The never-ending dilemma of ignored refugees

Every human being has a special attachment to his motherland. He wants to live and grow old among his family and friends and in the place where he is born. Though migration has its benefits, it looks very painful for a person to leave his home, whether under duress, coercion, economic compulsion, or political reasons. To become a refugee means losing your identity as a citizen and turning into a rolling stone with no destination to reach.

The lives of refugees in the current world of economic constraints and social distress are unbearable and dejecting. The pain of separation from their families and friends is unspeakable. The voices for the rights of refugees are getting slower and dim. The world conscience has to rise to the agonies of millions of refugees across the world. There was a time when most states which were signatories to the 1951 Refugee Convention took significant steps to ensure the refugees their due rights and status. Still, nowadays, almost all are restricted to only Twitter, Facebook and video conferences to chant slogans for the rights of migrants. No practical work is done to solve their problems.

Many countries, including the United States, claim sympathies to refugees, but their policies are to discourage permanent resettlement. This indifferent attitude has added to the problems of refugees. Thousands of people around the world die after being granted refugee status by the UNHCR in the hope of resettlement in a country where their lives would be safe and would not be persecuted on religious, ethnic and linguistic grounds. Historically, the United States was the biggest supporter of the resettlement of refugees; however, it has failed to resettle even a single refugee after the Trump regime took over the White House.

The so-called international community and advocates of human rights, including Australia, Canada, New Zealand, and many more European countries with few exceptions, also followed US footsteps and have adopted policies that have practically made it impossible for refugees to look for peaceful lives in their countries. The irony for refugees fleeing from war-torn areas in Muslim countries would not be recognized as refugees with equal human rights.

Moreover, some Muslim countries even imposed more strict legislations trying to get across the borders to brotherly Muslim countries such as Saudi Arabia, UAE, Kuwait, Bahrain, Qatar, Malaysia, Brunei, Muscat, Turkey and Morocco. Every year on June 20, International Refugee Day is celebrated with tall claims and commitment to the refugee’s convention, but seldom has been witnessed where words are turned into reality. Countries that signed the 1951 Refugee Convention avoid reporting their progress each year on the number of refugees resettled. It is like time has just stopped for the refugees, and they are caught in between a vicious time cycle. The democratic countries should play their role in the welfare of refugees, securing their future and enabling an environment feasible for adjustment and resettlement.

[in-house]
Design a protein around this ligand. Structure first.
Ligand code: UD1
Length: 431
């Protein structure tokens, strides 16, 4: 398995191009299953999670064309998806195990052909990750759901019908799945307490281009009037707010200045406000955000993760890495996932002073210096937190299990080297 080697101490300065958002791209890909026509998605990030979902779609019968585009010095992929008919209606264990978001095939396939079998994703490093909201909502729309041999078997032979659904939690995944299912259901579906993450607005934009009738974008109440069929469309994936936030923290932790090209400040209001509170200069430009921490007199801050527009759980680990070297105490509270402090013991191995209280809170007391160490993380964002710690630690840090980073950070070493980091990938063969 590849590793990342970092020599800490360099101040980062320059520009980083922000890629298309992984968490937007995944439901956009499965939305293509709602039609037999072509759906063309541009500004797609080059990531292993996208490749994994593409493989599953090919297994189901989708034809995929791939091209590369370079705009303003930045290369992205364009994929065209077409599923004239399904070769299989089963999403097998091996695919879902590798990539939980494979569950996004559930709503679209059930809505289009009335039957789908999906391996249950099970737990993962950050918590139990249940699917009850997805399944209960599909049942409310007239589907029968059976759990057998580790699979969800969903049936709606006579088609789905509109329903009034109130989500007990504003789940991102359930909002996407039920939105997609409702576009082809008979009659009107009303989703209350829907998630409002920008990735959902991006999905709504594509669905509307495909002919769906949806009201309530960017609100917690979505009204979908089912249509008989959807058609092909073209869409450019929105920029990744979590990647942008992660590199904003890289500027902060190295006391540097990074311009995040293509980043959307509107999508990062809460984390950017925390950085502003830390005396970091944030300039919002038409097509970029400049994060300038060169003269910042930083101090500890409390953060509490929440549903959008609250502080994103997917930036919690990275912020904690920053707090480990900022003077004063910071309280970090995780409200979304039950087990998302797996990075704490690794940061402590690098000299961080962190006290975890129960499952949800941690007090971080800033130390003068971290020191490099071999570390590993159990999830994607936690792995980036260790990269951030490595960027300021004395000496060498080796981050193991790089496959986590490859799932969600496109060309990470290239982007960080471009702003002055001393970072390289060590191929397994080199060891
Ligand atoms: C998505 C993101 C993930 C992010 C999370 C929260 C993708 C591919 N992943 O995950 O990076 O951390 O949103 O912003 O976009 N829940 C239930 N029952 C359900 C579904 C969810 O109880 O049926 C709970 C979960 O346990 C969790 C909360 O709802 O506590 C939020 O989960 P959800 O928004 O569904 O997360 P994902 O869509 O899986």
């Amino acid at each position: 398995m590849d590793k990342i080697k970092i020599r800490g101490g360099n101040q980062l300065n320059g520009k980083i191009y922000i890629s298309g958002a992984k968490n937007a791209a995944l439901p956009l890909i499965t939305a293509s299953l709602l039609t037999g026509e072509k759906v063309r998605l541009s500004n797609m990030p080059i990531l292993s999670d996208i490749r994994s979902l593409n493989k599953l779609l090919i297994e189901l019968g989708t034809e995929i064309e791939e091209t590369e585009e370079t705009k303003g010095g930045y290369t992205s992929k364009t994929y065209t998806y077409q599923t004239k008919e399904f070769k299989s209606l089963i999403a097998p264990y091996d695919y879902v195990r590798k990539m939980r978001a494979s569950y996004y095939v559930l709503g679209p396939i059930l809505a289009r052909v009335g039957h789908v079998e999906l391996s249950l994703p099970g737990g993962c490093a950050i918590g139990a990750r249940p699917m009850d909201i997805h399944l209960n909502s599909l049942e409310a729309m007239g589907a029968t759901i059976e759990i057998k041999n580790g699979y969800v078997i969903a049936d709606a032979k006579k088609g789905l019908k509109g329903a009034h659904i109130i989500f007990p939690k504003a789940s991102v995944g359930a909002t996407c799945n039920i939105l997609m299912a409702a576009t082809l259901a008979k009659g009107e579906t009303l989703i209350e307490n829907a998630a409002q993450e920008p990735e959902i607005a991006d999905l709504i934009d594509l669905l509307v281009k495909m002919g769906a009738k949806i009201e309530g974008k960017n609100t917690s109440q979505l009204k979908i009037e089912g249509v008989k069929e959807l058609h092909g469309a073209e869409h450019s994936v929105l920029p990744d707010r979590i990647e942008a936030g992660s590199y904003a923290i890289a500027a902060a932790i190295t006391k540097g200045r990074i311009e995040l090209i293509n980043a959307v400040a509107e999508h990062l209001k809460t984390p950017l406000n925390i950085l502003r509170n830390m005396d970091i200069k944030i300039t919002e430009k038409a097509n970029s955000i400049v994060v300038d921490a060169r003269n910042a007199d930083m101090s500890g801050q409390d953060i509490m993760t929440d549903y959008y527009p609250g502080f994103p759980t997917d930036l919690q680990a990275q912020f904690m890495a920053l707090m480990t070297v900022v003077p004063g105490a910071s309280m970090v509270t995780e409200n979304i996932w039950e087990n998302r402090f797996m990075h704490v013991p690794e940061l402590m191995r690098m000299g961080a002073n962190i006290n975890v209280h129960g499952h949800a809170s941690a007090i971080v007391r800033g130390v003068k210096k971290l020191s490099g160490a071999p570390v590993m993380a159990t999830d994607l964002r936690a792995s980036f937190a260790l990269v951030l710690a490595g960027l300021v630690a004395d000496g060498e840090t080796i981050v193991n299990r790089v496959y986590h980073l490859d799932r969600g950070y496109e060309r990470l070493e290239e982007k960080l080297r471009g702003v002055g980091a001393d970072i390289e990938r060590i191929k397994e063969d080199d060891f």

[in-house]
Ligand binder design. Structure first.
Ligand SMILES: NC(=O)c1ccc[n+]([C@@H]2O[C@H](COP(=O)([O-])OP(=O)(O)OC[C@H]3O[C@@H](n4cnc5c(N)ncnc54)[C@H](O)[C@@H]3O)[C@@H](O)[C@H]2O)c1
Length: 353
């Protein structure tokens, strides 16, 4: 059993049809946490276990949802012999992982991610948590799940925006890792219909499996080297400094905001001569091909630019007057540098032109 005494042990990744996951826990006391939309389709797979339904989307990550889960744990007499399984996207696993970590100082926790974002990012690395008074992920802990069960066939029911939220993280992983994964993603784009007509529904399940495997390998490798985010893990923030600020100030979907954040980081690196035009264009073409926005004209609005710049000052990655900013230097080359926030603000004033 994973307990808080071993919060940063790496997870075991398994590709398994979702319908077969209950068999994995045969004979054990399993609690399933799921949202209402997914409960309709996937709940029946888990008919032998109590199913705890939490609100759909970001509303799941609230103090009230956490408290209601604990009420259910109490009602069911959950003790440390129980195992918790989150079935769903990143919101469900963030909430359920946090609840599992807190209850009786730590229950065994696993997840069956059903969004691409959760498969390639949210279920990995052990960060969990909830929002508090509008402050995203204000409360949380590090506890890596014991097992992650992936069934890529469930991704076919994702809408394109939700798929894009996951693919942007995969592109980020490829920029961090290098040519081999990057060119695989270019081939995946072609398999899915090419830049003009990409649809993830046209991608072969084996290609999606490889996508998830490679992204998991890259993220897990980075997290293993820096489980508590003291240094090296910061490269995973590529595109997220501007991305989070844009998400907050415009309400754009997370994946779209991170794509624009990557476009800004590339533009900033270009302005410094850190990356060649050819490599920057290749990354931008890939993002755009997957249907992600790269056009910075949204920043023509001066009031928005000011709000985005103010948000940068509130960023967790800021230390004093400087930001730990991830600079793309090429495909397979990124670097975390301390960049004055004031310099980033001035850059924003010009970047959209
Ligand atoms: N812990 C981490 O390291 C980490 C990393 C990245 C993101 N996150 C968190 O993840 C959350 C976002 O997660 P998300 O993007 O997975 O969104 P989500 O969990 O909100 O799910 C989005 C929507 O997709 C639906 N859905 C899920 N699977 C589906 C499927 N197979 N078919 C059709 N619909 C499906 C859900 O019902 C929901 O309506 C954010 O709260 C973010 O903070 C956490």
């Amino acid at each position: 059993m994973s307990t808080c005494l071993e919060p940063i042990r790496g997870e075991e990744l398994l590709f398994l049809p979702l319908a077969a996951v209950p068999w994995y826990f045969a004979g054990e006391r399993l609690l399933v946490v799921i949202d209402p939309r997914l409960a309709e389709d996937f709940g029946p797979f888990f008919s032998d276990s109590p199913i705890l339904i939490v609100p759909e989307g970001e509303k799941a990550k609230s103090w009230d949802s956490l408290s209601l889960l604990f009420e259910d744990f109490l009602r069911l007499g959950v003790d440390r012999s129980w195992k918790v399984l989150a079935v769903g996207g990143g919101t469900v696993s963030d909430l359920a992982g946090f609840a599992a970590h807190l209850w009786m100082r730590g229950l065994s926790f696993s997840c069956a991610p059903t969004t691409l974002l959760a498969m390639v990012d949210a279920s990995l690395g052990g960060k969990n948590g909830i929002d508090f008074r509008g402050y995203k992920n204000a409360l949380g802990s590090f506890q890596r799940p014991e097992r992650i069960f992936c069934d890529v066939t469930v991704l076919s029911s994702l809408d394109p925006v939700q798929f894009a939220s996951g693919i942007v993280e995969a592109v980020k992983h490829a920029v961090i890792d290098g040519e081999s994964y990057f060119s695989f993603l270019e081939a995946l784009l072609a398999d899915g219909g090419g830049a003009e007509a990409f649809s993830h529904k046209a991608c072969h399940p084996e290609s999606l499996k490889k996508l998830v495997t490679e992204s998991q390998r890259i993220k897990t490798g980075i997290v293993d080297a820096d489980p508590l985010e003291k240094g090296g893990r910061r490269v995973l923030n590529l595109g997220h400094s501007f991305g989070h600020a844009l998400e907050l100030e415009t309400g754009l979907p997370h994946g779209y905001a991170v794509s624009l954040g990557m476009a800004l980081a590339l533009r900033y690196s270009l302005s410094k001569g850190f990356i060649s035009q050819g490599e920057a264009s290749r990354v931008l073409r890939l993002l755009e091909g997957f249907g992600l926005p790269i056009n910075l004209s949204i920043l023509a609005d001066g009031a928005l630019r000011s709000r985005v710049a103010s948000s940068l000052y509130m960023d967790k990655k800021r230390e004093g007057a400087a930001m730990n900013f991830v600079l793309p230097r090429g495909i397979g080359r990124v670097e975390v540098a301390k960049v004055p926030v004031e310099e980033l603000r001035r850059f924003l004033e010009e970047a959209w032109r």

Hundreds of thousands are still stranded on hostile border areas, and many more are witnessing this international refugee day in jails for a crime they have never committed. The right groups, watchdogs and international community must raise an influential voice for such deprived people. The Refugee Convention protects people fleeing persecution and trauma. It describes an asylum seeker as someone who is outside the country of their nationality “owing to a well-founded fear of being persecuted for reasons of race, religion, nationality, membership of a particular social group or political opinion” and “is unable to, or owing to such fear is unwilling to, avail himself of the protection of that country”. Thousands have lost their lives in the Mediterranean Sea, and the actual figure is likely to be far higher because so many people disappear without a trace.

Let’s give them hope who have crossed the Mediterranean Sea or international borders. Their hope elides in our voice. Let’s raise our agent for the voiceless. The world conscience must realize that refugees are human beings caught in sufferings not by their own choice but by different compulsions, and they meet special attention and care. I have been a refugee journalist for ten years. I think God made me a refugee to inform the world about the plight of refugees through the pen. They open their eyes and learn about the plight of refugees and play their role in helping them. Any citizen of any country like me can become a refugee at any time. But in this society, animals are more respected than refugees. Humanity is gone.

(BY: Syed Fawad Ali Shah. The writer is a senior Journalist. He can be reached at pmpk55@hotmail.com)

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